January 12, 2021 2 min read
January is cervical health awareness month and chances are that you haven’t given your cervix the attention it deserves. Most women know that they need to go for their pap smears, but there are so much more that you need to know about your cervix.
The cervix is the lower portion of the uterus. It is considered as a seperate anatomical structure to the uterus since it is so distinct from the uterus histologically. The cervix is 2-3 cm long and cylindrical in shape. The canal that runs through the cervix connects the uterus and the vagina, acting as a gateway between them. The opening to the uterus is called the internal os, and the opening to the vagina is called the external os.
The main function of the cervix is to facilitate the passage of sperm into the uterus after sex and some forms of arteficial insemination. The cervix produces cervical mucus that changes during the menstrual cycle as your hormones change. Around the time of ovulation, when estrogen levels are high, the mucus is thin and watery (almost like a egg white consistency) to allow sperm to enter the uterus. At other times in the cycle the mucus is thick and more acidic due to the effects of the hormone progesterone. This “infertile” mucus acts as a barrier to keep the sperm from entering the uterus (several contraceptives work by increasing the thickness of the cervical mucus). This thick mucus also help keep the upper female reproductive tract sterile, preventing pathogens to enter the uterus.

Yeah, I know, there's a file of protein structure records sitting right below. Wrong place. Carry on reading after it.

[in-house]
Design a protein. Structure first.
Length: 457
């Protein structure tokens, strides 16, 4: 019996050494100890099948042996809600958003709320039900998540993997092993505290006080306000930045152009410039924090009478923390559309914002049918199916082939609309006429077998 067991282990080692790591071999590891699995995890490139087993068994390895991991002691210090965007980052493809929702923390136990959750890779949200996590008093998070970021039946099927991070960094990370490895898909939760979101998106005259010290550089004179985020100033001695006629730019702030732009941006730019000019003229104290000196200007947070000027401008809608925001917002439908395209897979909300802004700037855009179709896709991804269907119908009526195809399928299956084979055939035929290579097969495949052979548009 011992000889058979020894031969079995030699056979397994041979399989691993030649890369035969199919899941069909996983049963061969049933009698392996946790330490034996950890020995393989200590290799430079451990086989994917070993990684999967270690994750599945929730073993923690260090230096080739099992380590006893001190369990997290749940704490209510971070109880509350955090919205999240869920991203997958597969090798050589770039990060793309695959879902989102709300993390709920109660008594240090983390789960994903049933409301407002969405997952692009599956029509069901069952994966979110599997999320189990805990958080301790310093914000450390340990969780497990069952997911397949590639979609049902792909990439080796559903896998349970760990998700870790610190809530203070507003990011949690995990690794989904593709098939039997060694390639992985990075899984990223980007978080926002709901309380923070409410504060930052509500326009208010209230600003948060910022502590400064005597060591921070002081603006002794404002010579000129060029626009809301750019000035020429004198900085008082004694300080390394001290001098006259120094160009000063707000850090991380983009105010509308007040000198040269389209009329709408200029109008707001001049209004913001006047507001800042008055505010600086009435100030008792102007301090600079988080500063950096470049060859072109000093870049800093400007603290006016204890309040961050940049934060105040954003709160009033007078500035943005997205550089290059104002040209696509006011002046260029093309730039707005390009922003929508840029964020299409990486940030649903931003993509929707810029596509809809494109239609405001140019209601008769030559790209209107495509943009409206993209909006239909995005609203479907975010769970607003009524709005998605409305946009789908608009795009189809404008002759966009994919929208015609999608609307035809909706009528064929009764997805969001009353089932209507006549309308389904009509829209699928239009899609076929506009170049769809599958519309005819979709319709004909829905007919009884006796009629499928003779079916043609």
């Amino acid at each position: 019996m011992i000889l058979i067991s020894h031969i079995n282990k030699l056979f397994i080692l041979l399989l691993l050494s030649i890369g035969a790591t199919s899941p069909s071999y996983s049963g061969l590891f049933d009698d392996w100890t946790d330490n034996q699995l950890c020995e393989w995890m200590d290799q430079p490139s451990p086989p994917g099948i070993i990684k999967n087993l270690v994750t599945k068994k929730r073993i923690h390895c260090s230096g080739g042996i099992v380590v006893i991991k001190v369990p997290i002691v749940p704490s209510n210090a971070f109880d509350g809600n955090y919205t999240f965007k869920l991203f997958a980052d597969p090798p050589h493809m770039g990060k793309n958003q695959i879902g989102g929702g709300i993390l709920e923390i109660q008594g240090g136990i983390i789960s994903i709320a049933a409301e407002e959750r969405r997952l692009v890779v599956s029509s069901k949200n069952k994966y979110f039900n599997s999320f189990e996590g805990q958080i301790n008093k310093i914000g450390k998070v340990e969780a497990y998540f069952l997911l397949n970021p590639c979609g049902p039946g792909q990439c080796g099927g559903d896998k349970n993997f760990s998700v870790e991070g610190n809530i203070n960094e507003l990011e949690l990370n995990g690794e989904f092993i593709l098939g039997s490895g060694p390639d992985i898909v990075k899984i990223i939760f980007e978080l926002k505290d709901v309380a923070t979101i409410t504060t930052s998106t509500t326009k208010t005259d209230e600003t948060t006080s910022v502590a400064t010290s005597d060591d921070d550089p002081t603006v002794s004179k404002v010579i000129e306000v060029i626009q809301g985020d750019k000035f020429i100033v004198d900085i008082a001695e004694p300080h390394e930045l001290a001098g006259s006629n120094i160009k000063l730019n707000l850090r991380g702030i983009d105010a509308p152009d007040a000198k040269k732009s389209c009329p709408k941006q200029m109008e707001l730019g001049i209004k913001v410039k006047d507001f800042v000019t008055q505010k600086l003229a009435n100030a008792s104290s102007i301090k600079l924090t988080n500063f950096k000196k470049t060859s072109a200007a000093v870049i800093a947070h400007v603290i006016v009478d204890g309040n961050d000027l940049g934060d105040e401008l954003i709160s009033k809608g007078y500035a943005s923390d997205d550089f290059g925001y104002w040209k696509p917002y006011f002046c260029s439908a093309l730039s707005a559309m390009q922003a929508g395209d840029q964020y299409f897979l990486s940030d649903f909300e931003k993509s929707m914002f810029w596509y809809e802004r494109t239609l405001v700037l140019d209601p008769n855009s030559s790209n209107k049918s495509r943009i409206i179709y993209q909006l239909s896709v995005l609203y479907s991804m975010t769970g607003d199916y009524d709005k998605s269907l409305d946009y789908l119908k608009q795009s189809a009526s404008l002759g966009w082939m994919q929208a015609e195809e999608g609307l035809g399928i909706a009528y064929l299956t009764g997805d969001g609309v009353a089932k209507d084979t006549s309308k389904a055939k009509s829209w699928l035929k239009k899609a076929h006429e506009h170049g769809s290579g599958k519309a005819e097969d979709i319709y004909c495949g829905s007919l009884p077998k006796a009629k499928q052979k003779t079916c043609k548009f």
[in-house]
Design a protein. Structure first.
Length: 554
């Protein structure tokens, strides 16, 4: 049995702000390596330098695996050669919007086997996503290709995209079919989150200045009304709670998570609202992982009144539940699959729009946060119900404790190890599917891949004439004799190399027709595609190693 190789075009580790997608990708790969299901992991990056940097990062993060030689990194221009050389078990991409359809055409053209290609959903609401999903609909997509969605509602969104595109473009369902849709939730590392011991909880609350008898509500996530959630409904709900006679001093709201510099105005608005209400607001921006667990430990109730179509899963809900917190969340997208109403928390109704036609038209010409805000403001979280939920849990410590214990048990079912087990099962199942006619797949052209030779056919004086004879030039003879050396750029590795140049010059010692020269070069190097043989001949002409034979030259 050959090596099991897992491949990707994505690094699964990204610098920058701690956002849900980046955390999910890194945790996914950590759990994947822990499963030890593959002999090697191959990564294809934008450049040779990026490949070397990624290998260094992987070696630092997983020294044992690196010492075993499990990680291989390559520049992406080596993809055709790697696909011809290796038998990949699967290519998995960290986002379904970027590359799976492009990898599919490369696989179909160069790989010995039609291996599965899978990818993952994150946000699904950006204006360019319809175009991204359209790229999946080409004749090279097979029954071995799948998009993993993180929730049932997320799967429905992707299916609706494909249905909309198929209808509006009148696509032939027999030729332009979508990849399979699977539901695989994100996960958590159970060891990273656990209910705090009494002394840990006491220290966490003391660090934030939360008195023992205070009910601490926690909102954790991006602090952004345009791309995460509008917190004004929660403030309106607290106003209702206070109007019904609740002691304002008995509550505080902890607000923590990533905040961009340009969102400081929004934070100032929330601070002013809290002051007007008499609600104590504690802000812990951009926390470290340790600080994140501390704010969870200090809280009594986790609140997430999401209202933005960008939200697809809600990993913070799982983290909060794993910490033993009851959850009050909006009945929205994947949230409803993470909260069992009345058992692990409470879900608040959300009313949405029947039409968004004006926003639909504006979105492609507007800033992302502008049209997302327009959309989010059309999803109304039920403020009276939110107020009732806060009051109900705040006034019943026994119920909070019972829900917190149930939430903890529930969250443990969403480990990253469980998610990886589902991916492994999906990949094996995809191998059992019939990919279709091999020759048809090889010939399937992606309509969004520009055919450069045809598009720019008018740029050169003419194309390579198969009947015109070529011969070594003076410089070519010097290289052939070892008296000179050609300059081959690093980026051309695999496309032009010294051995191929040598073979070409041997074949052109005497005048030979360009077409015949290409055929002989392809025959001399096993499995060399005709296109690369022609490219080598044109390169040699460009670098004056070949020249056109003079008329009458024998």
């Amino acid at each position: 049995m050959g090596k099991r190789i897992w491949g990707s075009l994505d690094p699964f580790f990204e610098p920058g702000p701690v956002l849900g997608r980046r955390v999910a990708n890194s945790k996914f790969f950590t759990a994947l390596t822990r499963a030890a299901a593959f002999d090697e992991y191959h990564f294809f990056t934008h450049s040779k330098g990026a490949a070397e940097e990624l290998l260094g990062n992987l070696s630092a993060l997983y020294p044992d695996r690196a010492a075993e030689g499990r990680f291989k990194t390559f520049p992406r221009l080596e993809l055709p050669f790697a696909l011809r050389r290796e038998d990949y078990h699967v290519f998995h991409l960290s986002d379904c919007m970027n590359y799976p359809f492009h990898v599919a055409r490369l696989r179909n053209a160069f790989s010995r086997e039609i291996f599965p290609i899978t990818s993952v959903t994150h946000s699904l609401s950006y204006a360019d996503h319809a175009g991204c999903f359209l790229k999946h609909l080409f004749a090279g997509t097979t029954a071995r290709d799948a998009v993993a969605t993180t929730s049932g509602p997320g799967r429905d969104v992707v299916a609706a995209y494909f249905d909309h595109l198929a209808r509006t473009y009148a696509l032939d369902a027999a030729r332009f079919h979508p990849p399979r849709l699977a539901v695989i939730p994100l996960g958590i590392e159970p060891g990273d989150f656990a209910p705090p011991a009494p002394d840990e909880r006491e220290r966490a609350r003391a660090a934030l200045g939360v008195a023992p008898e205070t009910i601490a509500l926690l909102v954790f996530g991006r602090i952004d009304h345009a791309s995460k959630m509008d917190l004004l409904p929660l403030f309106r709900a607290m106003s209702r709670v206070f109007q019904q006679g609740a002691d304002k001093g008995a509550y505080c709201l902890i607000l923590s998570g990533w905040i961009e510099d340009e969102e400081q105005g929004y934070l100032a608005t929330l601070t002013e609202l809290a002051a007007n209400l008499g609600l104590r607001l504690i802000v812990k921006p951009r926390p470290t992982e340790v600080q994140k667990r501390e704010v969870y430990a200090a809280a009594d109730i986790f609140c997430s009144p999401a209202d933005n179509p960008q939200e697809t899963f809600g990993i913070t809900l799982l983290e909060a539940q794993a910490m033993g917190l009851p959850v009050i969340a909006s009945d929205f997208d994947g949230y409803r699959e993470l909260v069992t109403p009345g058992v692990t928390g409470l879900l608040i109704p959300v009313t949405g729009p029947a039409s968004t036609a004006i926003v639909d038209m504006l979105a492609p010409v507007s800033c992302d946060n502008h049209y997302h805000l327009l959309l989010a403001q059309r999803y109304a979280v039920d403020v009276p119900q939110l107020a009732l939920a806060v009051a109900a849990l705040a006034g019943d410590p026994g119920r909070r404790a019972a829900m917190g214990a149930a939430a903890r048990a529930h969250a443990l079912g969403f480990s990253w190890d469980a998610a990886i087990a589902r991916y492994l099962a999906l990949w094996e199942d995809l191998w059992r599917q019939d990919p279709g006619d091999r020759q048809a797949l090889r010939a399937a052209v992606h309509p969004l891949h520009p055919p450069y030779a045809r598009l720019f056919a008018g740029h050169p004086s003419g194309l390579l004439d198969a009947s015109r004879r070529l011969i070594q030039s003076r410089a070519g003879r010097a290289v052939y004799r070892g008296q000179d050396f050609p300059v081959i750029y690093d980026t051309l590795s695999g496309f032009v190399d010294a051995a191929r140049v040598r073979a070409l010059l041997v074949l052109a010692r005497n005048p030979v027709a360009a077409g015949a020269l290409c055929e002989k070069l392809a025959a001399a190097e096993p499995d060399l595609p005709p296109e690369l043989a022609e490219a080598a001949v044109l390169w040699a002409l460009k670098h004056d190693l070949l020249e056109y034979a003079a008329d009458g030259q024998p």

Cervicitis is inflammation and infection of the cervix. The most common cause of cervicitis is sexual transmitted infections such as chlamydia and gonorrhoea. Most women with cervicitis will not have any symptoms but it can cause pelvic pain, an abnormal vaginal discharge of bleeding after sex. A doctor will be able to identify signs of cervicitis by doing a speculum examination and special tests will be able to identify particular bacteria. Cervicitis can be treated with antibiotics when the cause is bacterial.
Cervical cancer is the second most common cancer among women in South African after breast cancer. According to the Cancer Association of South Africa (CANSA), 1 in every 42 women will have cervical cancer in their lives. Cervical cancer is nearly always caused by human papillomavirus (HPV) infection, a very common sexual transmitted infection. Having regular pap smears can detect abnormal cells in the cervix that could develop into cervical cancer. Early diagnosis and treatment of pre-cancerous lesions prevents up to 80% of cervical cancers.
Contact one of our doctors to book your pap smear or for a consultation if you are worried about the health of your cervix.
Written by Dr Jireh Serfontein
Head of My Sexual Health Pretoria
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